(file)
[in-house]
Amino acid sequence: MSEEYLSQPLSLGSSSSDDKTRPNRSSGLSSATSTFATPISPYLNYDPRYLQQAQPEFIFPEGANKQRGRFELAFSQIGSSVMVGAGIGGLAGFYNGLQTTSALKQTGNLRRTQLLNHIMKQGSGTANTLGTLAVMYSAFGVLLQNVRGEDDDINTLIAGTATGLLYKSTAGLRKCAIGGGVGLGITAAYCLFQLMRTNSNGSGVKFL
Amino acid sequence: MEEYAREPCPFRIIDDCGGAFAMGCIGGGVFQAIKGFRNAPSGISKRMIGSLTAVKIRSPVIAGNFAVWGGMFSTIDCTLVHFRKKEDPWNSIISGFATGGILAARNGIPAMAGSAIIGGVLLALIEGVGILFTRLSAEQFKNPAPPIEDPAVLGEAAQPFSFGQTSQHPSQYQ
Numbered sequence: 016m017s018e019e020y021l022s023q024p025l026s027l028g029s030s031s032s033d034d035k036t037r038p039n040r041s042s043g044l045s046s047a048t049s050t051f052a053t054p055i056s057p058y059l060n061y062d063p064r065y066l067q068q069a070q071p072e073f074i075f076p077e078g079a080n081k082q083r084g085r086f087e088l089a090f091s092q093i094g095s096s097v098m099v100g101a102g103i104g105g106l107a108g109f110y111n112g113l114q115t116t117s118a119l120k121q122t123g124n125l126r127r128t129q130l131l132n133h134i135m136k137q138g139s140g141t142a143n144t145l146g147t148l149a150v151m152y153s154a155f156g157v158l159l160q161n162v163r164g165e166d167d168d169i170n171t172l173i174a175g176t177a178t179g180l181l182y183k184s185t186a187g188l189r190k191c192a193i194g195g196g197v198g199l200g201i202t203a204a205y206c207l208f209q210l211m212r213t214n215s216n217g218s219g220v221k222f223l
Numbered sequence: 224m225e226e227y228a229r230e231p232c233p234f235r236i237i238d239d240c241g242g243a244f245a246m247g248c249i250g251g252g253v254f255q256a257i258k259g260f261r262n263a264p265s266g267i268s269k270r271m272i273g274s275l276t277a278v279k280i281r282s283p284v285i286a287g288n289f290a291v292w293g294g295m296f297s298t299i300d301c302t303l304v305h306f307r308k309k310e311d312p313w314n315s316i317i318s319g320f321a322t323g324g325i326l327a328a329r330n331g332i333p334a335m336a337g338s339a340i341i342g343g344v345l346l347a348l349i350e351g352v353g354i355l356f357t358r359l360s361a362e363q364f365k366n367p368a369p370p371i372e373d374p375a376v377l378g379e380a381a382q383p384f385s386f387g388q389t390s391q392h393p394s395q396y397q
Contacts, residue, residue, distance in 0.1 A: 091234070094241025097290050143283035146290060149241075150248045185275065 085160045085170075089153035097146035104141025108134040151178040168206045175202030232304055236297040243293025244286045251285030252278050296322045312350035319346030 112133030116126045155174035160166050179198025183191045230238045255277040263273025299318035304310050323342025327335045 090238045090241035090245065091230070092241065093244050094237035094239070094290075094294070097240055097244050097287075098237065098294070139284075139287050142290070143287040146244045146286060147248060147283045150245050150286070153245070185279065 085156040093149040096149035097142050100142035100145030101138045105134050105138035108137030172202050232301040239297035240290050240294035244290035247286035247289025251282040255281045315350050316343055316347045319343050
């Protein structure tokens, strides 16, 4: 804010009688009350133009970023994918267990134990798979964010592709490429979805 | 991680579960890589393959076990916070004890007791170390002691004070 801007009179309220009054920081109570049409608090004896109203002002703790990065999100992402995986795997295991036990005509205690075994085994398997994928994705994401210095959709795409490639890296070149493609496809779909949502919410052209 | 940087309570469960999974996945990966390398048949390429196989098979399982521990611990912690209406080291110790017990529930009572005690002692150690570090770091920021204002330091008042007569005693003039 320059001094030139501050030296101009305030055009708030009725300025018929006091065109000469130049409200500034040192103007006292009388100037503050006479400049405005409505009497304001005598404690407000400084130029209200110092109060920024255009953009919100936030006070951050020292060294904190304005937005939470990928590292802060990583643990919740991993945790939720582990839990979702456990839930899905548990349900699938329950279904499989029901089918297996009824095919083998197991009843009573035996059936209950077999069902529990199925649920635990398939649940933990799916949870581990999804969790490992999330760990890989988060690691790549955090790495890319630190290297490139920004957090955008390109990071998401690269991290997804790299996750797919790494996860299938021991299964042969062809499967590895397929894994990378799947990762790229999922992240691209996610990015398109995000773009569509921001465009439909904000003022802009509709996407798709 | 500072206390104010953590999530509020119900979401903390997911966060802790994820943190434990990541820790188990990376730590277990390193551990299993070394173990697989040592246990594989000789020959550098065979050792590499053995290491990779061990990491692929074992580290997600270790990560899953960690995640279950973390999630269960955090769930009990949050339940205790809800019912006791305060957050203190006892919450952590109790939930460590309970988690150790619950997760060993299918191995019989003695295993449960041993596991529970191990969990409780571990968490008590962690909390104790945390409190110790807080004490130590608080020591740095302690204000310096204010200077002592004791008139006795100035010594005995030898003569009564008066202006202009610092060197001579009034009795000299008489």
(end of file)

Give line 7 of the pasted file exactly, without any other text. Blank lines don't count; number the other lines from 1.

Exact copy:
């Protein structure tokens, strides 16, 4: 804010009688009350133009970023994918267990134990798979964010592709490429979805 | 991680579960890589393959076990916070004890007791170390002691004070 801007009179309220009054920081109570049409608090004896109203002002703790990065999100992402995986795997295991036990005509205690075994085994398997994928994705994401210095959709795409490639890296070149493609496809779909949502919410052209 | 940087309570469960999974996945990966390398048949390429196989098979399982521990611990912690209406080291110790017990529930009572005690002692150690570090770091920021204002330091008042007569005693003039 320059001094030139501050030296101009305030055009708030009725300025018929006091065109000469130049409200500034040192103007006292009388100037503050006479400049405005409505009497304001005598404690407000400084130029209200110092109060920024255009953009919100936030006070951050020292060294904190304005937005939470990928590292802060990583643990919740991993945790939720582990839990979702456990839930899905548990349900699938329950279904499989029901089918297996009824095919083998197991009843009573035996059936209950077999069902529990199925649920635990398939649940933990799916949870581990999804969790490992999330760990890989988060690691790549955090790495890319630190290297490139920004957090955008390109990071998401690269991290997804790299996750797919790494996860299938021991299964042969062809499967590895397929894994990378799947990762790229999922992240691209996610990015398109995000773009569509921001465009439909904000003022802009509709996407798709 | 500072206390104010953590999530509020119900979401903390997911966060802790994820943190434990990541820790188990990376730590277990390193551990299993070394173990697989040592246990594989000789020959550098065979050792590499053995290491990779061990990491692929074992580290997600270790990560899953960690995640279950973390999630269960955090769930009990949050339940205790809800019912006791305060957050203190006892919450952590109790939930460590309970988690150790619950997760060993299918191995019989003695295993449960041993596991529970191990969990409780571990968490008590962690909390104790945390409190110790807080004490130590608080020591740095302690204000310096204010200077002592004791008139006795100035010594005995030898003569009564008066202006202009610092060197001579009034009795000299008489």